A Formal Complaint to the BBC – Part 3

This is a guest post by Mitnaged
There follows my letter of formal complaint to the BBC about Michael White:
” I write to make formal complaint about BBC London 94.9’s Breakfast programme interview with Michael White which was aired on 14 December 2009.   The grounds of my complaint are that the interview, and in particular the conduct of presenters and the producer in the face of what I deem to be a libellous and incitatory statement by Mr White, namely:

“In Israel they murder each other a great deal. The Israeli Defence Forces murder people because they don’t like their political style and what they’ve got to say and it only means that people more extreme come in and take their place.”

were in contravention of your Editorial Guidelines as follows:
“1)  In terms of compromising impartiality: Your Guidelines state unequivocally:

” our journalists and presenters, including those in news and current affairs, may provide professional judgments but may not express personal opinions on matters of public policy or political or industrial controversy. Our audiences should not be able to tell from BBC programmes or other BBC output the personal views of our journalists and presenters on such matters.

“Not only did the presenters fail to prevent Mr White from libelling the IDF and the Israeli government but they indicated on air that they agreed with it.
“Again dealing with the compromise to impartiality, your Guidelines state:

“we will sometimes need to report on or interview people whose views may cause serious offence to many in our audiences. We must be convinced, after appropriate referral, that a clear public interest outweighs the possible offence.”

“Perhaps you would care to make clear to me how allowing Mr White’s offensive libel of the IDF and the Israeli government was in the public interest?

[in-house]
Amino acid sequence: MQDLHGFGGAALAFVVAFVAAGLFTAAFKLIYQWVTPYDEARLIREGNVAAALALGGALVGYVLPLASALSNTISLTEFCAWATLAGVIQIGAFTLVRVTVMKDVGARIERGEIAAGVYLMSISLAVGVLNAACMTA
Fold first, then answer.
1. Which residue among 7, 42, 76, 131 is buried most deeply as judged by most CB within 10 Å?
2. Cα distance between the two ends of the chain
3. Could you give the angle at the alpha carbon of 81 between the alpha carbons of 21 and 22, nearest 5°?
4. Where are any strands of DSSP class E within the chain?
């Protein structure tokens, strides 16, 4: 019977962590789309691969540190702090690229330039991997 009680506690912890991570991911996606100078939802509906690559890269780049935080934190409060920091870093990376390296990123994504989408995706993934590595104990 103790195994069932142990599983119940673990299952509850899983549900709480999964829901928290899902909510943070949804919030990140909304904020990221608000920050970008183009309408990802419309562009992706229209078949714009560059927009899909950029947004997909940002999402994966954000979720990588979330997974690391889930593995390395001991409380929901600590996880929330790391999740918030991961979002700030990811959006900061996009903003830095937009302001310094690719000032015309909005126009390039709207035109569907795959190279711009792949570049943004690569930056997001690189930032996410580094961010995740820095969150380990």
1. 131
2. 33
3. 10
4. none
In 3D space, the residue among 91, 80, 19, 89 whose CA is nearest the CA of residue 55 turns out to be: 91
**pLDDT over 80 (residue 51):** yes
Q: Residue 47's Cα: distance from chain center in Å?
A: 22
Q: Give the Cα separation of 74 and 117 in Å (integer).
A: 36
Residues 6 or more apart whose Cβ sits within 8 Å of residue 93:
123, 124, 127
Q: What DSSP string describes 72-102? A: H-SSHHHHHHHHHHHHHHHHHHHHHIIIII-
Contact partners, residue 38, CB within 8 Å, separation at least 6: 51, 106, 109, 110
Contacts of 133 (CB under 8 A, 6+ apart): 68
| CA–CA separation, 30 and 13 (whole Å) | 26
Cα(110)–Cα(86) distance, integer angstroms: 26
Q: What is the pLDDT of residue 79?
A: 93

“Again under the heading of compromise to impartiality, your Guidelines state:

“we should not automatically assume that academics and journalists from other organisations are impartial and make it clear to our audience when contributors are associated with a particular viewpoint.”

“Michael White is the Political Editor to The Guardian, whose animus towards Israel is well-known and well-documented.  In spite of that, Mr White’s association with a newspaper which held such views was not made clear to the audience when he made his libellous remark.  Given that the presenters of the programme did not appear to realise how offensive Mr White’s statement was, Mr David Robey’s reply to me, where he tries to suggest that listeners to the programme would not confuse Michael White’s statement with those of the BBC, is disingenuous to say the least.
“Yet again under the same heading of compromise to impartiality, the Guidelines state the following, which shows the presenters’ conduct to constitute arguably the most blatant breach:

“we must rigorously test contributors expressing contentious views during an interview whilst giving them a fair chance to set out their full response to our questions.”